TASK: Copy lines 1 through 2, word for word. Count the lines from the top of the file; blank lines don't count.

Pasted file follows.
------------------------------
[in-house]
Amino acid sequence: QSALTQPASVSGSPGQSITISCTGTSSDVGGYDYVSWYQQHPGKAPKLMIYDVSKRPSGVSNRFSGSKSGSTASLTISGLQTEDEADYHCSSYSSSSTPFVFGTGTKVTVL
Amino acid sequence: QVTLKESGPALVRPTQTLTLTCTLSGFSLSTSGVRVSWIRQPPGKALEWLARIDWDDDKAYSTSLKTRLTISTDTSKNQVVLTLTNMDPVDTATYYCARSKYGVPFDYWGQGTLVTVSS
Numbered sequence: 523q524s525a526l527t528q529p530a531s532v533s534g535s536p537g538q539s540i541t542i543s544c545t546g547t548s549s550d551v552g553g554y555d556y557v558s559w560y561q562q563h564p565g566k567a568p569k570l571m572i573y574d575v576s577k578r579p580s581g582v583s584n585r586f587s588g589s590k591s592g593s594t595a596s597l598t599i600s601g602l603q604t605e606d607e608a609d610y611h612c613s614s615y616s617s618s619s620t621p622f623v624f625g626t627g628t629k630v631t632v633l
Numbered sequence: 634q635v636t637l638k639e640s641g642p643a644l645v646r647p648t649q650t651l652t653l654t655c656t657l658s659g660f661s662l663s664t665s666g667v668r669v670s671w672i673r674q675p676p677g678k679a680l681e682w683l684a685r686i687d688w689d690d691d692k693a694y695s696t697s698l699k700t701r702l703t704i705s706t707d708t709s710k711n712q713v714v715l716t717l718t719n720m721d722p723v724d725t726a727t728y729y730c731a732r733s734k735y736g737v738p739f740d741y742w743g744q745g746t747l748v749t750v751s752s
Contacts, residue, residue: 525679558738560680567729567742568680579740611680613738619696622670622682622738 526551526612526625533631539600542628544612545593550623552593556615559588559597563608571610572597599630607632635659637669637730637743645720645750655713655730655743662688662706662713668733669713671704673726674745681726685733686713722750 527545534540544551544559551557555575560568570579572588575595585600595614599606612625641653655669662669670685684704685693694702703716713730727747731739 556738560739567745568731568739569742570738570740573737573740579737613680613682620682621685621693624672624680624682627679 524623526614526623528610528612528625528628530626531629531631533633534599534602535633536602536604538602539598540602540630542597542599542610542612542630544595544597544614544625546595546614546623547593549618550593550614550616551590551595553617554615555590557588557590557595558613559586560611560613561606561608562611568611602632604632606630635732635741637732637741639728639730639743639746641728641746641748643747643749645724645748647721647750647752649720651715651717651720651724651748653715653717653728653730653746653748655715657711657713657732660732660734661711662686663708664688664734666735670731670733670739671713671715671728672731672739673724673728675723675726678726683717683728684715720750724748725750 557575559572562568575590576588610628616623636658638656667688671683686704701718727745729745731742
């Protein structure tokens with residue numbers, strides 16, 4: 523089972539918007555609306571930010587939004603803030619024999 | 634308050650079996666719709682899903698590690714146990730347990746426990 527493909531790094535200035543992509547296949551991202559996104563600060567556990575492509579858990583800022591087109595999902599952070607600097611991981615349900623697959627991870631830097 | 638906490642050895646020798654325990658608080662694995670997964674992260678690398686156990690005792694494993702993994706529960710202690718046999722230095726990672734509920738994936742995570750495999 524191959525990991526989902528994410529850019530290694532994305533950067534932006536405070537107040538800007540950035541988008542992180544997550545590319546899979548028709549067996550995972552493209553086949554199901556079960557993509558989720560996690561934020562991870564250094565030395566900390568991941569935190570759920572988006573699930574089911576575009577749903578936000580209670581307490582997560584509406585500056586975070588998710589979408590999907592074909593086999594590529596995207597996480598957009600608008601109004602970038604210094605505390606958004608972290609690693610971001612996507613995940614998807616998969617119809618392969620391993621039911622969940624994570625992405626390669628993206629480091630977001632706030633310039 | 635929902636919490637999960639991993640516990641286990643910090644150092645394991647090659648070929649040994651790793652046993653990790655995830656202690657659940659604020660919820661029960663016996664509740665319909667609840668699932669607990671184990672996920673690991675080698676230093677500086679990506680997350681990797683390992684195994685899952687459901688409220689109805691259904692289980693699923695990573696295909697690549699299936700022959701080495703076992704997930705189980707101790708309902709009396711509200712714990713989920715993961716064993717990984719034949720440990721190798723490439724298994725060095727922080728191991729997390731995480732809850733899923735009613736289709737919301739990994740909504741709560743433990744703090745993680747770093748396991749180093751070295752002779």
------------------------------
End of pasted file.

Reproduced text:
[in-house]
Amino acid sequence: QSALTQPASVSGSPGQSITISCTGTSSDVGGYDYVSWYQQHPGKAPKLMIYDVSKRPSGVSNRFSGSKSGSTASLTISGLQTEDEADYHCSSYSSSSTPFVFGTGTKVTVL